§ 2.49 p.m.
§ Lord Bruce-Gardyne
My Lords, I beg leave to ask the first Question standing in my name on the Order Paper.
§ The Question was as follows:
§ To ask Her Majesty's Government what information they have received from the British Gas Corporation regarding the price at which they propose to purchase gas from the Sleipner field; and what plans they have to enable United Kingdom North Sea licence-holders to export gas.645
My Lords, the Sleipner project is still under negotiation and the proposed terms remain commercially confidential. The question of gas exports is one for consideration if our known gas resources increase significantly relative to home demand.
§ Lord Bruce-Gardyne
My Lords, I am very grateful to my noble friend for that Answer. Will he bear in mind in considering the whole project that in the eyes of some of us Sir Denis Rooke, the chairman of the British Gas Corporation, is an over-mighty subject who badly needs watching? Will my noble freind bear in mind that the last deal that the British Gas Corporation concluded on the Frigg Field resulted in forcing successive British Governments to charge a tax rate on diesel and heavy oil fuels vastly out of comparison with that which is charged throughout the rest of the Community? Is this not an example of the folly of allowing this corporation to go its own wild way? Will my noble friend not agree that so long as it becomes apparent to the markets that British Gas is prepared to offer the Norwegians 34p a therm for gas for which they are only prepared to pay 23p a therm on comparable terms to North Sea gas licensees, it must call into question the whole logic and sense of any such deal?
My Lords, I am grateful to my noble friend for his supplementary question, but I think that the British Gas Corporation does an extremely good job anyway. As my noble friend is discussing the price, and as at this moment of time I must be very careful because negotiations are at a very sensitive stage and will continue for a few months yet, I can assure my noble friend that the price of Sleipner gas relative to United Kingdom Continental Shelf supplies is one of the factors which the Government will have to consider in coming to a decision on Sleipner. In addition, in another place my right honourable friend the Secretary of State is keeping a watchful eye on negotiations that are taking place. Furthermore, as regards exports, the British Gas Corporation no longer has the monopoly; other companies can export gas if they wish.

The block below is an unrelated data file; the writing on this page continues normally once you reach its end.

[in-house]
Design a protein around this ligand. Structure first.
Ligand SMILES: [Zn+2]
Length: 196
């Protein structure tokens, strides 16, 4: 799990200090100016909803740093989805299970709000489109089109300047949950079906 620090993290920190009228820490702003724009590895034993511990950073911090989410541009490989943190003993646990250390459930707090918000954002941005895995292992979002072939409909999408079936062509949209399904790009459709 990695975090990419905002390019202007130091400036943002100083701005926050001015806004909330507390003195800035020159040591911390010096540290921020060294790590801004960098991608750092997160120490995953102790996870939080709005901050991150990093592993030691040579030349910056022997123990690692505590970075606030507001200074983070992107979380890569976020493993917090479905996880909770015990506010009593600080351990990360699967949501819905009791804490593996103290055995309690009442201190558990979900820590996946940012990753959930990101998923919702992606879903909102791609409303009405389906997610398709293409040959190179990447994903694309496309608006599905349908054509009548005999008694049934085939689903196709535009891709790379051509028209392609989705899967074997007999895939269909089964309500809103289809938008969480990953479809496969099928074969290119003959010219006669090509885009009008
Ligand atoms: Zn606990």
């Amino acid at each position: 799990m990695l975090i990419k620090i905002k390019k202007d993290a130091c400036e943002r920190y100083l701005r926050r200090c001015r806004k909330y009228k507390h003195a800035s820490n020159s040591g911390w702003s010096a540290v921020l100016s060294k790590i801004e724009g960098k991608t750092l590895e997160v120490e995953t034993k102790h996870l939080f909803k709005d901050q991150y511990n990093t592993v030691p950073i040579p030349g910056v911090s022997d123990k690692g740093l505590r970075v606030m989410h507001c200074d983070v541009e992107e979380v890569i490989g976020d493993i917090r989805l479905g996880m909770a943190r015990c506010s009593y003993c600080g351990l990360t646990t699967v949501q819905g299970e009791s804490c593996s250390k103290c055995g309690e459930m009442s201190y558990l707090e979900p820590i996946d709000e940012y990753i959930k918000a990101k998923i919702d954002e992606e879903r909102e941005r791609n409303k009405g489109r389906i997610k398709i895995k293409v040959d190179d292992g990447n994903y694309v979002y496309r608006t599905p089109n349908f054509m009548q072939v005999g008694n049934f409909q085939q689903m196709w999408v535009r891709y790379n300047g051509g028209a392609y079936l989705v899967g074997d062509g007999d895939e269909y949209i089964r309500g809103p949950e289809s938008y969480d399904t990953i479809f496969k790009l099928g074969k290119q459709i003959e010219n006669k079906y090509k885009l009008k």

§ Lord Stoddart of Swindon
My Lords, will the noble Viscount agree that Sir Denis Rooke is a fine and dedicated public servant, and furthermore that the British Gas Corporation is one of the most successful nationalised industries that we have, making great profits for the Exchequer at the present time? With regard to the Sleipner field, will the noble Viscount agree that supplies to Great Britain will be no more than adequate even with supplies from Sleipner? If we do not get those supplies, it may very well be that the British Gas Corporation will be unable to plan its long-term markets.
On the second point about exports, will the noble Viscount confirm that if gas exports are allowed this would raise United Kingdom gas prices to international levels, which are roughly 40 per cent. above the present United Kingdom levels, and that this would hit not only domestic consumers but also industrial and commercial consumers, thus putting up production costs and injuring their competitive 646 position in the world markets? Is not that the fact about exports?
My Lords, I am grateful to the noble Lord for paying tribute to the chairman of the British Gas Corporation. Indeed, he has worked very hard and it is a very technical area. As I have already said, the British Gas Corporation is doing a very fine job. Perhaps I might go one step further and say that the British Gas Corporation proposes to import gas from the Norwegian Sleipner field at a cost in excess of £20 billion. But as we are looking to the latter part of this century, the negotiations will not apply to the present but to the future.
The noble Lord also asked about gas exports and the price to consumers. As the noble Lord knows, the price to the consumer and in the international world fluctuates, so I cannot give him a great deal of information on the prices of gas.
§ Lord Bruce-Gardyne
My Lords, perhaps I may press my noble friend to go one stage further on the matter of exports. Is not the fact of the matter that under existing rules British North Sea licensees are obliged to land all gas from the North Sea in the United Kingdom and therefore it is totally uneconomic to export it to third customers and hence the British Gas Corporation, which does this marvellous job as a monopoly purchaser for a commodity for which, effectively by law, there is no other customer? Therefore, can my noble friend assure the House, first, that there is good news to the effect that this deal is on the point of abandonment; and, secondly, that if by any chance it were to go through, the restrictions obliging the North Sea licensees to land their gas on the coast of the United Kingdom would also be lifted?
§ Lord Leatherland
My Lords, will the noble Viscount stop his Back-Benchers from praising nationalised industries?.